In search of the Paynes Prairie Bison

There are many ways into Paynes Prairie, and I’ve been on a quest to explore them all in hopes of finding the elusive prairie bison.

There’s the Bolen Bluff entrance, off of U.S. 441 near Gainesville, and there’s the La Chua Trail entrance,  off the Gainesville-Hawthorne Trail.

I’ve hiked each of these several times, but despite my passionate finger-crossing, I’ve yet to spot the bison.  So, I went to the only park entrance left – the main one. (Scroll down for an interactive map of the park entrances.)

Paynes-Prairie-watch-tower

The three-story watch tower looking over the prairie.

The main park entrance, which is along U.S. 441 near Micanopy, provides access to the park’s campground, ranger station, observation deck and several trailheads.  I went for the trails and the tower, hoping to spot the bison before the herd is no more.

I went twice, on consecutive weekends, to no avail.  But I did get to check out the trails on that side of the prairie, and I had another encounter with the Spanish horses that roam the park, which was a nice consolation prize.

The two main trails that leave from the park entrance are Cone’s Dike and Chacala Trail.  Cone’s Dike is a four-mile, one-way trail that heads straight (literally) into the prairie.  It’s beautiful scenery, but the hike itself isn’t terribly enjoyable.  Cone’s Dike Trail is four miles and exactly three 90 degree turns.

Cardinal-Paynes-Prairie

The view from Cone’s Dike Trail (and a solitary cardinal).

Built on the route of an old ranger service road (still apparent, as the first two miles of the trail are gravel), the trail runs in a straight line for a half mile before making a sharp right, where it goes for another half mile.  Eventually, and this is exciting, the trail turns left.  In two miles, another right.  Eventually, it dead ends, and you walk back.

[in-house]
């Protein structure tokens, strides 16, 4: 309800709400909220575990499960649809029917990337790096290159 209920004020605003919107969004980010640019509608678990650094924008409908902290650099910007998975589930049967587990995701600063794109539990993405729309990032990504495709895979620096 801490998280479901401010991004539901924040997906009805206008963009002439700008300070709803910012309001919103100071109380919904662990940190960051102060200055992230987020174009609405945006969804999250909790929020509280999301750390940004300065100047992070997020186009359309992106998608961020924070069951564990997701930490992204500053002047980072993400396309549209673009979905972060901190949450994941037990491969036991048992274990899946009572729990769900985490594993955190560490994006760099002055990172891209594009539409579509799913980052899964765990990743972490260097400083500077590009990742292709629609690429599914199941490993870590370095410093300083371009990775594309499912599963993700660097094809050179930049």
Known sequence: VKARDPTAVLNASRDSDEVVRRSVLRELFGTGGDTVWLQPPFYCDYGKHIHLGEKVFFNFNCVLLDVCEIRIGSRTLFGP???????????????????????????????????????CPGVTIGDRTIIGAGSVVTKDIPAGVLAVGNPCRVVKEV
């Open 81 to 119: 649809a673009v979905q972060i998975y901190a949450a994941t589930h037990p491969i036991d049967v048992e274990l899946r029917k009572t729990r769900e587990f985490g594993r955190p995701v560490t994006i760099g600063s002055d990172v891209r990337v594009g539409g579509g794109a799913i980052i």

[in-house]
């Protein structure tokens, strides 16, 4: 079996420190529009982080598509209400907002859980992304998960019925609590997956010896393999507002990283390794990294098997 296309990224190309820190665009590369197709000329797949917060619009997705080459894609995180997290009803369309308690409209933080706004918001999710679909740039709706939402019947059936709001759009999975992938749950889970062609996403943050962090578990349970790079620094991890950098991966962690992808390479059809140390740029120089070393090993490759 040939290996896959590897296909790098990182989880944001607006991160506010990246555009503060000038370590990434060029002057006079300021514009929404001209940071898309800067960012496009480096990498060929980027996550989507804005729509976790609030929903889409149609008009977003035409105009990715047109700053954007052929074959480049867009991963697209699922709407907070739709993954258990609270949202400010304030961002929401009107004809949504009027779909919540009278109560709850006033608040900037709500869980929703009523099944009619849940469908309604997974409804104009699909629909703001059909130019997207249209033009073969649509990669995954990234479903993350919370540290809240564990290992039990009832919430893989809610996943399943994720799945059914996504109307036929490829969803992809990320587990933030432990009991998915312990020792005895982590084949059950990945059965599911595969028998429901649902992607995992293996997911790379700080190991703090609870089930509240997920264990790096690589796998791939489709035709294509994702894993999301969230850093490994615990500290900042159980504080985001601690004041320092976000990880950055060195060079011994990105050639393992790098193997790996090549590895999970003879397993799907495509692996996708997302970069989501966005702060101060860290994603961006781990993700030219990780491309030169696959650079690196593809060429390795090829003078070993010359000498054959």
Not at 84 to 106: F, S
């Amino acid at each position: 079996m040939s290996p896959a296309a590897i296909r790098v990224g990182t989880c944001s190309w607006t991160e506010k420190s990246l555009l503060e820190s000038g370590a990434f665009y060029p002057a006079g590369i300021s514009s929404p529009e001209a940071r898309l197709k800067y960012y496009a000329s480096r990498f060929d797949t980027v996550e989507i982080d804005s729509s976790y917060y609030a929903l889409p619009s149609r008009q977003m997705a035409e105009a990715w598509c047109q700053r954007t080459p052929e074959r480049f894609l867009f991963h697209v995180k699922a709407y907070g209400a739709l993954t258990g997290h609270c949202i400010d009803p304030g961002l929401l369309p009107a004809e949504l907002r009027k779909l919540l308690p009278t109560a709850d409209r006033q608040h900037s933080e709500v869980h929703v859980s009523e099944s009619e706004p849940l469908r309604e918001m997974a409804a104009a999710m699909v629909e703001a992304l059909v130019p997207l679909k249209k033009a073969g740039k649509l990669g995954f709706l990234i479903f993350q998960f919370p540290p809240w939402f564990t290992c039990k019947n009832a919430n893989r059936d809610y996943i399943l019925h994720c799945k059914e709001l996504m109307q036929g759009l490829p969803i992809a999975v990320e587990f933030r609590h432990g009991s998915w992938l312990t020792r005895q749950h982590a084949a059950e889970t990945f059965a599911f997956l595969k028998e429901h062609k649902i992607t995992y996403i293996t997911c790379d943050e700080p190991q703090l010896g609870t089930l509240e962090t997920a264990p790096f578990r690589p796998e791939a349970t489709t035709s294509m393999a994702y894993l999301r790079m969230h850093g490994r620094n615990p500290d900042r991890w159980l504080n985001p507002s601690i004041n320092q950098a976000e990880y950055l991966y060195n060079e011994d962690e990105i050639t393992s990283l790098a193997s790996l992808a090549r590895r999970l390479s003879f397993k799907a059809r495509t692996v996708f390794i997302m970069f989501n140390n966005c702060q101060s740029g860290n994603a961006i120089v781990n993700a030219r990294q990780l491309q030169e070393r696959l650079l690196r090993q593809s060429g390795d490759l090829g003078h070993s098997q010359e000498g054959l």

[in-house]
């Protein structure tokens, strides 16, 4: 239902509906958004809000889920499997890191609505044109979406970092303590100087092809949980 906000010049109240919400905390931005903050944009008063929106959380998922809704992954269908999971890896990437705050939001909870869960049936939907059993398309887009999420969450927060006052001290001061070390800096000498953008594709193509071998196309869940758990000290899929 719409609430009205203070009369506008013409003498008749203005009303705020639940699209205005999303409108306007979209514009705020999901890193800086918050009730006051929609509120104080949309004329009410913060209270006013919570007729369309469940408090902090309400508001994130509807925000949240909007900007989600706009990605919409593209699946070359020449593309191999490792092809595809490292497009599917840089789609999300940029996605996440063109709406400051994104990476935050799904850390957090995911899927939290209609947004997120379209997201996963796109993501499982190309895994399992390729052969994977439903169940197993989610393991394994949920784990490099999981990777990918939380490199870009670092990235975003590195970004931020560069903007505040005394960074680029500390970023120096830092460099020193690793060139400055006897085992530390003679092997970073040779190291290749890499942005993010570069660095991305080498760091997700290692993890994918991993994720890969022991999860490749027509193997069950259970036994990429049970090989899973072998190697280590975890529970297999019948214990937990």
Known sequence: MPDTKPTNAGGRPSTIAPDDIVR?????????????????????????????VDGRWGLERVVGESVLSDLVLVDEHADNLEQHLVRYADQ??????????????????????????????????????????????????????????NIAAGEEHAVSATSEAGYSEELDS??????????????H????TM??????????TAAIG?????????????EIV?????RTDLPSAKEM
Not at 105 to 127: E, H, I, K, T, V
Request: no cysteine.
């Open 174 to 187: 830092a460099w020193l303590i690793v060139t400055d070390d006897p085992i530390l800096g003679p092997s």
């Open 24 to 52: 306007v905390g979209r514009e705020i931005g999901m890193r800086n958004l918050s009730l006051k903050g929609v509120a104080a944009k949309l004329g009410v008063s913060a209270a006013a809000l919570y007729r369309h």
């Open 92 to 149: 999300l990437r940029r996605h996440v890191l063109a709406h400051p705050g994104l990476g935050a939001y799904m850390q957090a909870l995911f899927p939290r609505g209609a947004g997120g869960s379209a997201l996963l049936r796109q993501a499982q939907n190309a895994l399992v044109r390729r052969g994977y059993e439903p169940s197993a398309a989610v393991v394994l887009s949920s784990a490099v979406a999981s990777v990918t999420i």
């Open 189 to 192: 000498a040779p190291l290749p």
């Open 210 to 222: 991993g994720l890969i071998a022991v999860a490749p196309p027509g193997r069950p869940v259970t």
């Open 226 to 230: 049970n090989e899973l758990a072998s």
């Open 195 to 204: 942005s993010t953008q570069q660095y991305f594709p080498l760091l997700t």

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Unusual wildlife on La Chua trail in Paynes Prairie

Earlier this week, tropical storm Betty rumbled over northern Florida, delivering some much-reeded rain to our perennially dry summer coffers.  But then it kept raining and raining and raining.  Some estimates have the rainfall as high as 25-30 inches in parts of north Florida.

Tropical Storm Betty

Tropical Storm Betty dumped more than two feet of water on north Florida.

In Alachua County, a lot of that rainfall drains into Paynes Prairie – a 22,000-acre preserve with a variety of ecosystems and wildlife.

One of the things I’m always looking for are places where you can forget that you’re living in the 21st century, even if only for a moment.  I cherish the moments where I can look out into the horizon and not see any roads, billboards, drugstores or golden arches.  In Paynes Prairie, there’s plenty of moments like that.

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